November 30, 2012
Re "A little less to chew on," Column, Nov. 28 One can only hope that Los Angeles County's efforts to reduce food consumption are as successful as two other notable public health successes over the last few decades (both recently reported in The Times): the efforts to increase seat belt usage and to curtail cigarette smoking. Such efforts require education, legislation, enforcement and social change. Changing food habits will probably be more difficult, but if there is the social will, it can be done.
March 21, 2012 |
Well, that didn't take long. Not even a month after the much-heralded accord in which North Korea agreed, among other things, to halt long-range missile testing, Pyongyang announced its intention to launch a satellite - with a long-range missile. This is, if nothing else, clever. The United States has put a lot of eggs into the basket of a denuclearization process and of improved relations supposedly inaugurated by the February nuclear deal. But if Washington stands by its position that this proposed satellite launch - a transparent ploy to test powerful rocket technology - would be a deal breaker, we'll be right back at square one. Pyongyang has us right where it wants us, in a sense, which shows again the bankruptcy of a policy designed to bargain for nuclear and missile concessions that the North is never going to provide.
March 1, 2012 |
- Morning fog weaves its way through colorful rows of vegetables, herbs and flowers as staff and apprentices gather at the center of the garden at Esalen Institute. It's 7 a.m. The freshly awakened faces sit calmly in a circle for a morning meditation, listening to the Pacific Ocean until the sound of chimes lets meandering minds know it's time to tend to the day's harvest. Bins of chard, arugula, parsley, radishes and carrots are picked, washed and delivered to the back door of the kitchen, roughly 1,250 feet from the field.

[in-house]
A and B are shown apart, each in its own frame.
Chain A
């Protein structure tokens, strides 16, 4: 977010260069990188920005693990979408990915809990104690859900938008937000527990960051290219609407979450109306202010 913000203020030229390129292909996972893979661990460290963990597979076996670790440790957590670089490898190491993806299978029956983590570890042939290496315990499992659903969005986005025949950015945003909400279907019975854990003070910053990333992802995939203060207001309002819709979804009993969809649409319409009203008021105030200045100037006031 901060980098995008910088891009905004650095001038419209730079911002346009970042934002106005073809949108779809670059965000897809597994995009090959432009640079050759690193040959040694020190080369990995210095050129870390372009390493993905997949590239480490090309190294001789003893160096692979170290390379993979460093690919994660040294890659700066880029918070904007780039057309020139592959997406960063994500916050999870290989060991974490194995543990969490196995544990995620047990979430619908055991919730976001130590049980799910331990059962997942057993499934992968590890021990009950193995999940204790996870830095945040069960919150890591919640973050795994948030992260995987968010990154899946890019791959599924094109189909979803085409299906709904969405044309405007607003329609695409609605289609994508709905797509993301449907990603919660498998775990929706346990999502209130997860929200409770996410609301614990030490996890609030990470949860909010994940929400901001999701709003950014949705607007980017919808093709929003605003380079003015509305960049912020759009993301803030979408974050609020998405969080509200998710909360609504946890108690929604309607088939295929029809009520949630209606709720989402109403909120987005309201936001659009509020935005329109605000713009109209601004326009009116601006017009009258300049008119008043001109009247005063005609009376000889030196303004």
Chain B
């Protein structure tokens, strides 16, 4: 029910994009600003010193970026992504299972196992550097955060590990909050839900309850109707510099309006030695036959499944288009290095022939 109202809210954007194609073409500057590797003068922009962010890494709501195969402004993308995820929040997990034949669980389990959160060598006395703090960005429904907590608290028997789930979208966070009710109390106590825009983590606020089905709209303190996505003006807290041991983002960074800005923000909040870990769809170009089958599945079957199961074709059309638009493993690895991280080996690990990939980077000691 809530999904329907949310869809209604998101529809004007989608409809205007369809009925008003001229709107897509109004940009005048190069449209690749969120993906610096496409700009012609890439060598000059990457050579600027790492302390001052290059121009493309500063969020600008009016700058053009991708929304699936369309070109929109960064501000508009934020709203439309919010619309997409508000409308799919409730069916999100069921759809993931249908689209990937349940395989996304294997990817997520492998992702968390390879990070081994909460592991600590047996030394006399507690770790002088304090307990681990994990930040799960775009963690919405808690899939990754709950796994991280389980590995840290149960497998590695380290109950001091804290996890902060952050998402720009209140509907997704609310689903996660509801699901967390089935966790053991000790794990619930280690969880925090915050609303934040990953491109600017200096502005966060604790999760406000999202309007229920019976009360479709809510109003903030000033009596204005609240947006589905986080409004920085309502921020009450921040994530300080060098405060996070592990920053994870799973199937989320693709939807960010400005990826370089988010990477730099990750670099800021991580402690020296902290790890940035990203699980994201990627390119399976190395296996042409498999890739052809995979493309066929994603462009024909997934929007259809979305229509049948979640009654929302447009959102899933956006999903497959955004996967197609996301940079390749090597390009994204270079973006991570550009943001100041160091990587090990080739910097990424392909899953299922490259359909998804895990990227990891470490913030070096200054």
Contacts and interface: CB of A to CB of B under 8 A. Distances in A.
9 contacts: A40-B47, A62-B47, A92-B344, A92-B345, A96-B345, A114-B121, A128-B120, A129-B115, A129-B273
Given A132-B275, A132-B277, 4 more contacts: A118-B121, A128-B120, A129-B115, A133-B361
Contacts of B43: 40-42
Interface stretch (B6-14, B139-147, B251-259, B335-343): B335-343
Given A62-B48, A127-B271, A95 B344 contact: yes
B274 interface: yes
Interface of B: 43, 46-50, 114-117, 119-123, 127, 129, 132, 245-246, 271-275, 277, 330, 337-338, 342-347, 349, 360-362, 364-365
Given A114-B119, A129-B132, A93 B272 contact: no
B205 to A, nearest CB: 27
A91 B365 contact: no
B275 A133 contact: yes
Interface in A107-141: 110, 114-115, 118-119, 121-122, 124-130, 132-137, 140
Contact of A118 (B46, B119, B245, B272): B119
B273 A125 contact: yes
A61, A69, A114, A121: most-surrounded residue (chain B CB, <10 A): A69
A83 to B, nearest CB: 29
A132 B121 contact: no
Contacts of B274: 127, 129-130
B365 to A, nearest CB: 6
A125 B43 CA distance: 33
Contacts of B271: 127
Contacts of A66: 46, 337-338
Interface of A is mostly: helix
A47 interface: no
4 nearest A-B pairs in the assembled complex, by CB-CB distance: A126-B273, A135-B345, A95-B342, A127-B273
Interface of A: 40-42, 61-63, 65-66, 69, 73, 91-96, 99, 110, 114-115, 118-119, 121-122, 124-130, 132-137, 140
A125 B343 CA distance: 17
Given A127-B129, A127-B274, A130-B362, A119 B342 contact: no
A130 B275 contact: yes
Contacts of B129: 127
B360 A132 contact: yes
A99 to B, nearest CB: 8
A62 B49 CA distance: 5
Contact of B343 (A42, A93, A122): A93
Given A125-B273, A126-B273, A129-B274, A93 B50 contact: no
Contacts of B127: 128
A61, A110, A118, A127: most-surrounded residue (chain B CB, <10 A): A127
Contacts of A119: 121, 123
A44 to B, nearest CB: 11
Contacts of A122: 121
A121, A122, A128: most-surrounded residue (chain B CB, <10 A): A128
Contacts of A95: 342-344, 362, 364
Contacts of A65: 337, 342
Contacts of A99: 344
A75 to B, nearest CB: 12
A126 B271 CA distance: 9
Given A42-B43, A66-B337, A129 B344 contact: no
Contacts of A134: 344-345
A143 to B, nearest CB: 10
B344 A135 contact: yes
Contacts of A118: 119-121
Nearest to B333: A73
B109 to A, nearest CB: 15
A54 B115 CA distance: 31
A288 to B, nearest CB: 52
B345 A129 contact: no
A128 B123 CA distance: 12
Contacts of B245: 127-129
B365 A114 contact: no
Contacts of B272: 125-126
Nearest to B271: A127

November 29, 2011 |
In today's hyper-speed world of technology entrepreneurship, David C. Bohnett ranks as a grand old man. Bohnett, 55, founded GeoCities, the pioneering social networking company that made his fortune, back in 1994 — virtually Internet prehistory. He took GeoCities public in 1998 and it was sold the following year to Yahoo for more than $3 billion in Yahoo stock. After 10 years of indifferent and shortsighted management, Yahoo consigned GeoCities to the Internet's memory banks by shutting it down in 2009.
September 24, 2011 |
Here is what "Mad Man" has wrought. (Never underestimate the power of a media-beloved period cable drama featuring beautiful people in beautiful clothes, no matter how few people actually watch it, to influence decision-making at a broadcast network.) "The Playboy Club," a tale of mob intrigue set in the original Chicago bunny hutch, premiered on NBC on Monday; "Pan Am," a sparkly and highly appealing international adventure series set around the late airline, takes off Sunday night on ABC. What these series have obviously in common is that they take place in the pre-psychedelic early 1960s, sometimes called "swinging," before the Kennedy assassination, the Summer of Love or the Days of Rage, between the introduction of the pill and the rise of Women's Lib — a time of hope and change, of the future shaking off the past but not yet shut of it. "Playboy" and "Pan Am" concern women in uniform, working for commercial icons of the era, who at some time during their shift will be called on to serve a drink, smile prettily, or be polite to someone who doesn't deserve it — and who are using what only looks like subservience as a path to self-empowerment and self-knowledge.
CALIFORNIA | LOCAL
July 11, 2011 |
Robert Sklar, a film scholar known for bringing the insights of the social historian to understanding the history of American film, has died. He was 74. Sklar, who also was one of the original Rotisserie League fantasy baseball "owners" in the 1980s, died in Barcelona, Spain, July 2 after suffering head injuries in a bicycling accident, said Richard Allen, professor and chair of cinema studies at New York University. A professor in the department of cinema studies at New York University from 1977 until his retirement in 2009, Sklar was the author of books that included "City Boys: Cagney, Bogart, Garfield" (1992)